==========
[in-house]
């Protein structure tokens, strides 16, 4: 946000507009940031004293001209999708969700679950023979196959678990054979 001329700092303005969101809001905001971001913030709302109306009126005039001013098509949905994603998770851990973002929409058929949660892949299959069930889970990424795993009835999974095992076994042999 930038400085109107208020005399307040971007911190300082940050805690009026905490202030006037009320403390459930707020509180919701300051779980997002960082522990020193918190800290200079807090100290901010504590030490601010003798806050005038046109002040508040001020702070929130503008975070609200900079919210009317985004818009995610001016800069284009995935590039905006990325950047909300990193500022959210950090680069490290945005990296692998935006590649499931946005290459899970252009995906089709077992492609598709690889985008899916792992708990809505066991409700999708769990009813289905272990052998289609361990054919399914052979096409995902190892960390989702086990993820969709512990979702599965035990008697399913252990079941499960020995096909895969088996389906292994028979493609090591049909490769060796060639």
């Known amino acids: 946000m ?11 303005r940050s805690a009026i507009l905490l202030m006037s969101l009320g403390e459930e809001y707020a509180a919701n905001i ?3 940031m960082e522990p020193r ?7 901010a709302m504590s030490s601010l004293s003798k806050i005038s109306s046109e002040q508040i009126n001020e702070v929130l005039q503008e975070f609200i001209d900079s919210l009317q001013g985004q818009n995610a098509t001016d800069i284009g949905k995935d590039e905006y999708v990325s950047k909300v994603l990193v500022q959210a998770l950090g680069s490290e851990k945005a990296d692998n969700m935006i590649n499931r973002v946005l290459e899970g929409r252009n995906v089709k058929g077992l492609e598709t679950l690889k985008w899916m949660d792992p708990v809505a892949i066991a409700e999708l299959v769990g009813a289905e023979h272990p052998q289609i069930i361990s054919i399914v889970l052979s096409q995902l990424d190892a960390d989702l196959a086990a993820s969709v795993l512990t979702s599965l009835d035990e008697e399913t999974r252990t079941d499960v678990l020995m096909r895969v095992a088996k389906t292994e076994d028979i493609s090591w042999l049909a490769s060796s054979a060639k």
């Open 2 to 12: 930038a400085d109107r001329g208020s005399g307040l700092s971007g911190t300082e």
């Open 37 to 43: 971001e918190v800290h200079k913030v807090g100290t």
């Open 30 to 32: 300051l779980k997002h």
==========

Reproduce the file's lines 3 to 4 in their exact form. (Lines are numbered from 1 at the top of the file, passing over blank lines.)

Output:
């Known amino acids: 946000m ?11 303005r940050s805690a009026i507009l905490l202030m006037s969101l009320g403390e459930e809001y707020a509180a919701n905001i ?3 940031m960082e522990p020193r ?7 901010a709302m504590s030490s601010l004293s003798k806050i005038s109306s046109e002040q508040i009126n001020e702070v929130l005039q503008e975070f609200i001209d900079s919210l009317q001013g985004q818009n995610a098509t001016d800069i284009g949905k995935d590039e905006y999708v990325s950047k909300v994603l990193v500022q959210a998770l950090g680069s490290e851990k945005a990296d692998n969700m935006i590649n499931r973002v946005l290459e899970g929409r252009n995906v089709k058929g077992l492609e598709t679950l690889k985008w899916m949660d792992p708990v809505a892949i066991a409700e999708l299959v769990g009813a289905e023979h272990p052998q289609i069930i361990s054919i399914v889970l052979s096409q995902l990424d190892a960390d989702l196959a086990a993820s969709v795993l512990t979702s599965l009835d035990e008697e399913t999974r252990t079941d499960v678990l020995m096909r895969v095992a088996k389906t292994e076994d028979i493609s090591w042999l049909a490769s060796s054979a060639k």
């Open 2 to 12: 930038a400085d109107r001329g208020s005399g307040l700092s971007g911190t300082e």